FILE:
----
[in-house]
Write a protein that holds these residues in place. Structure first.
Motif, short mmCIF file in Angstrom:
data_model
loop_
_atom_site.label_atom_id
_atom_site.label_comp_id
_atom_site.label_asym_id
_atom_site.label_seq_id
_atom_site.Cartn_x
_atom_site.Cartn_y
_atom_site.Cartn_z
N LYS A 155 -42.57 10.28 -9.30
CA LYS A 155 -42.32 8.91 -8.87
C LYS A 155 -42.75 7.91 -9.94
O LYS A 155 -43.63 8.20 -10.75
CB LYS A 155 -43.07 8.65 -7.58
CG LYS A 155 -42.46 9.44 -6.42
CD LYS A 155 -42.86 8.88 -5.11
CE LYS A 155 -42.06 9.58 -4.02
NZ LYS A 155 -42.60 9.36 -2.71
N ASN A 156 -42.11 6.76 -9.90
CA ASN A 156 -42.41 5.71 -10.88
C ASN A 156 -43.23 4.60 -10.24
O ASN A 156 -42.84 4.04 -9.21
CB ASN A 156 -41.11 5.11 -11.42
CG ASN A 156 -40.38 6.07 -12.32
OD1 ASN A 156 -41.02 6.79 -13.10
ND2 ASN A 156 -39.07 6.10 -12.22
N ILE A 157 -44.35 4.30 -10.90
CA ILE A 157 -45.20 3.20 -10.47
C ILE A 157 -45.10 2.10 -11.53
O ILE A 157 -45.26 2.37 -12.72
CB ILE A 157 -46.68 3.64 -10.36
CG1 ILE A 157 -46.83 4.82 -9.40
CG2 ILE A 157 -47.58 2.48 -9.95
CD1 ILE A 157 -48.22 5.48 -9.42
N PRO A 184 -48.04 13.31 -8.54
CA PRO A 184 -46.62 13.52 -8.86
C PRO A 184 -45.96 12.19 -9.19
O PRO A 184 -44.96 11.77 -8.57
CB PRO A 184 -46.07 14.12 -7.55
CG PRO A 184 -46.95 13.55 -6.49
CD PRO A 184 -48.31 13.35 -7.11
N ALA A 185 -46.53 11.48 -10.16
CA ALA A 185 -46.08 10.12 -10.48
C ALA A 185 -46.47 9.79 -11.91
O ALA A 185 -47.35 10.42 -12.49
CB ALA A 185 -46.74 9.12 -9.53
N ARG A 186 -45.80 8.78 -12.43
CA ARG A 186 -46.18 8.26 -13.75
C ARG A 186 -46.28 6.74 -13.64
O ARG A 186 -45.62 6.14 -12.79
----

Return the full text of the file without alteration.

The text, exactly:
[in-house]
Write a protein that holds these residues in place. Structure first.
Motif, short mmCIF file in Angstrom:
data_model
loop_
_atom_site.label_atom_id
_atom_site.label_comp_id
_atom_site.label_asym_id
_atom_site.label_seq_id
_atom_site.Cartn_x
_atom_site.Cartn_y
_atom_site.Cartn_z
N LYS A 155 -42.57 10.28 -9.30
CA LYS A 155 -42.32 8.91 -8.87
C LYS A 155 -42.75 7.91 -9.94
O LYS A 155 -43.63 8.20 -10.75
CB LYS A 155 -43.07 8.65 -7.58
CG LYS A 155 -42.46 9.44 -6.42
CD LYS A 155 -42.86 8.88 -5.11
CE LYS A 155 -42.06 9.58 -4.02
NZ LYS A 155 -42.60 9.36 -2.71
N ASN A 156 -42.11 6.76 -9.90
CA ASN A 156 -42.41 5.71 -10.88
C ASN A 156 -43.23 4.60 -10.24
O ASN A 156 -42.84 4.04 -9.21
CB ASN A 156 -41.11 5.11 -11.42
CG ASN A 156 -40.38 6.07 -12.32
OD1 ASN A 156 -41.02 6.79 -13.10
ND2 ASN A 156 -39.07 6.10 -12.22
N ILE A 157 -44.35 4.30 -10.90
CA ILE A 157 -45.20 3.20 -10.47
C ILE A 157 -45.10 2.10 -11.53
O ILE A 157 -45.26 2.37 -12.72
CB ILE A 157 -46.68 3.64 -10.36
CG1 ILE A 157 -46.83 4.82 -9.40
CG2 ILE A 157 -47.58 2.48 -9.95
CD1 ILE A 157 -48.22 5.48 -9.42
N PRO A 184 -48.04 13.31 -8.54
CA PRO A 184 -46.62 13.52 -8.86
C PRO A 184 -45.96 12.19 -9.19
O PRO A 184 -44.96 11.77 -8.57
CB PRO A 184 -46.07 14.12 -7.55
CG PRO A 184 -46.95 13.55 -6.49
CD PRO A 184 -48.31 13.35 -7.11
N ALA A 185 -46.53 11.48 -10.16
CA ALA A 185 -46.08 10.12 -10.48
C ALA A 185 -46.47 9.79 -11.91
O ALA A 185 -47.35 10.42 -12.49
CB ALA A 185 -46.74 9.12 -9.53
N ARG A 186 -45.80 8.78 -12.43
CA ARG A 186 -46.18 8.26 -13.75
C ARG A 186 -46.28 6.74 -13.64
O ARG A 186 -45.62 6.14 -12.79